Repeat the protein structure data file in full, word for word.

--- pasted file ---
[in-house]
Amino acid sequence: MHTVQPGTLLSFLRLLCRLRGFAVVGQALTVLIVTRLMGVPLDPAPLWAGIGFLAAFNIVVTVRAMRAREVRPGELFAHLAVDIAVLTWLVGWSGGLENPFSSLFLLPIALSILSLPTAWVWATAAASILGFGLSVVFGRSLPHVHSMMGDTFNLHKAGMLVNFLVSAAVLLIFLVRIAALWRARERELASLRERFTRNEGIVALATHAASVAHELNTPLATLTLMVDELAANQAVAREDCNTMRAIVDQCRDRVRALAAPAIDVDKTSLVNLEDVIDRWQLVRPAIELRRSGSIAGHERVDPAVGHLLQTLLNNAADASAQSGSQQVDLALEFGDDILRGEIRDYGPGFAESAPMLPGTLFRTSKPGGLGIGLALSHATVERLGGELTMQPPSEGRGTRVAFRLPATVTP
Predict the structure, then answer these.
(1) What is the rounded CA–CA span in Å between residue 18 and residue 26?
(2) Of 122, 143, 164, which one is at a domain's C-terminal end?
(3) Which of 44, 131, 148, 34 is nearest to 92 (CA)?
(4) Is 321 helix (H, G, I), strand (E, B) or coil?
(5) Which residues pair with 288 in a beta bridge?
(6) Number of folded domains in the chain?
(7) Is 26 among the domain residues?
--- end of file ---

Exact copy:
[in-house]
Amino acid sequence: MHTVQPGTLLSFLRLLCRLRGFAVVGQALTVLIVTRLMGVPLDPAPLWAGIGFLAAFNIVVTVRAMRAREVRPGELFAHLAVDIAVLTWLVGWSGGLENPFSSLFLLPIALSILSLPTAWVWATAAASILGFGLSVVFGRSLPHVHSMMGDTFNLHKAGMLVNFLVSAAVLLIFLVRIAALWRARERELASLRERFTRNEGIVALATHAASVAHELNTPLATLTLMVDELAANQAVAREDCNTMRAIVDQCRDRVRALAAPAIDVDKTSLVNLEDVIDRWQLVRPAIELRRSGSIAGHERVDPAVGHLLQTLLNNAADASAQSGSQQVDLALEFGDDILRGEIRDYGPGFAESAPMLPGTLFRTSKPGGLGIGLALSHATVERLGGELTMQPPSEGRGTRVAFRLPATVTP
Predict the structure, then answer these.
(1) What is the rounded CA–CA span in Å between residue 18 and residue 26?
(2) Of 122, 143, 164, which one is at a domain's C-terminal end?
(3) Which of 44, 131, 148, 34 is nearest to 92 (CA)?
(4) Is 321 helix (H, G, I), strand (E, B) or coil?
(5) Which residues pair with 288 in a beta bridge?
(6) Number of folded domains in the chain?
(7) Is 26 among the domain residues?